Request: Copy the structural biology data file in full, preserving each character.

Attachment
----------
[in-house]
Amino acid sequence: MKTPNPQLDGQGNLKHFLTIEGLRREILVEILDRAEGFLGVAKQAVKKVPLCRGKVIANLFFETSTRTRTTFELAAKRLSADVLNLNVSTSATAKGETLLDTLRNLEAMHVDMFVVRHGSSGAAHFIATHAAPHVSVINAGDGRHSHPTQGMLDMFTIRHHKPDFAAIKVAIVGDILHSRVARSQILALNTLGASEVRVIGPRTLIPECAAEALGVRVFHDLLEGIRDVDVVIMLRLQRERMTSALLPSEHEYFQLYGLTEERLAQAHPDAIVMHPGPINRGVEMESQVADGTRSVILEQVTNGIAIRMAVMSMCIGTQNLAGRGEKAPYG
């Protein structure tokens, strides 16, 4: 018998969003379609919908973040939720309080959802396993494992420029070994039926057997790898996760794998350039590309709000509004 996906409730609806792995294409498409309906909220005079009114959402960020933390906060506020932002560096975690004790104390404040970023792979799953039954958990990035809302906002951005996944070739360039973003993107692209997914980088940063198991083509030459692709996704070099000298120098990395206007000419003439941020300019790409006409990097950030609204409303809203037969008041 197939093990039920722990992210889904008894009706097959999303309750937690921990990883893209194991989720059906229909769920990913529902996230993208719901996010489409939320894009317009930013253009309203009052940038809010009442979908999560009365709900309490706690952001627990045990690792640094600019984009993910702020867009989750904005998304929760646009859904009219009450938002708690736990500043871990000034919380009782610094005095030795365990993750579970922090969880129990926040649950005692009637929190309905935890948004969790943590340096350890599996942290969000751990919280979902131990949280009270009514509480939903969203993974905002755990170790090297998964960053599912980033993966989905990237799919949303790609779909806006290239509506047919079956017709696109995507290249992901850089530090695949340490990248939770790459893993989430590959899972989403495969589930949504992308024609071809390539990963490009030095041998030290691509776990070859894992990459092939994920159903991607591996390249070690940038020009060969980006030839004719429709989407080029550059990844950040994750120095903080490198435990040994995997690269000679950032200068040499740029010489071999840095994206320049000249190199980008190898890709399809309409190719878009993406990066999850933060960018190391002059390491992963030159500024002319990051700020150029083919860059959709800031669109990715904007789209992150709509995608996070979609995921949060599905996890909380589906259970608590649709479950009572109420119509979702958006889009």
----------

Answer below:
[in-house]
Amino acid sequence: MKTPNPQLDGQGNLKHFLTIEGLRREILVEILDRAEGFLGVAKQAVKKVPLCRGKVIANLFFETSTRTRTTFELAAKRLSADVLNLNVSTSATAKGETLLDTLRNLEAMHVDMFVVRHGSSGAAHFIATHAAPHVSVINAGDGRHSHPTQGMLDMFTIRHHKPDFAAIKVAIVGDILHSRVARSQILALNTLGASEVRVIGPRTLIPECAAEALGVRVFHDLLEGIRDVDVVIMLRLQRERMTSALLPSEHEYFQLYGLTEERLAQAHPDAIVMHPGPINRGVEMESQVADGTRSVILEQVTNGIAIRMAVMSMCIGTQNLAGRGEKAPYG
């Protein structure tokens, strides 16, 4: 018998969003379609919908973040939720309080959802396993494992420029070994039926057997790898996760794998350039590309709000509004 996906409730609806792995294409498409309906909220005079009114959402960020933390906060506020932002560096975690004790104390404040970023792979799953039954958990990035809302906002951005996944070739360039973003993107692209997914980088940063198991083509030459692709996704070099000298120098990395206007000419003439941020300019790409006409990097950030609204409303809203037969008041 197939093990039920722990992210889904008894009706097959999303309750937690921990990883893209194991989720059906229909769920990913529902996230993208719901996010489409939320894009317009930013253009309203009052940038809010009442979908999560009365709900309490706690952001627990045990690792640094600019984009993910702020867009989750904005998304929760646009859904009219009450938002708690736990500043871990000034919380009782610094005095030795365990993750579970922090969880129990926040649950005692009637929190309905935890948004969790943590340096350890599996942290969000751990919280979902131990949280009270009514509480939903969203993974905002755990170790090297998964960053599912980033993966989905990237799919949303790609779909806006290239509506047919079956017709696109995507290249992901850089530090695949340490990248939770790459893993989430590959899972989403495969589930949504992308024609071809390539990963490009030095041998030290691509776990070859894992990459092939994920159903991607591996390249070690940038020009060969980006030839004719429709989407080029550059990844950040994750120095903080490198435990040994995997690269000679950032200068040499740029010489071999840095994206320049000249190199980008190898890709399809309409190719878009993406990066999850933060960018190391002059390491992963030159500024002319990051700020150029083919860059959709800031669109990715904007789209992150709509995608996070979609995921949060599905996890909380589906259970608590649709479950009572109420119509979702958006889009």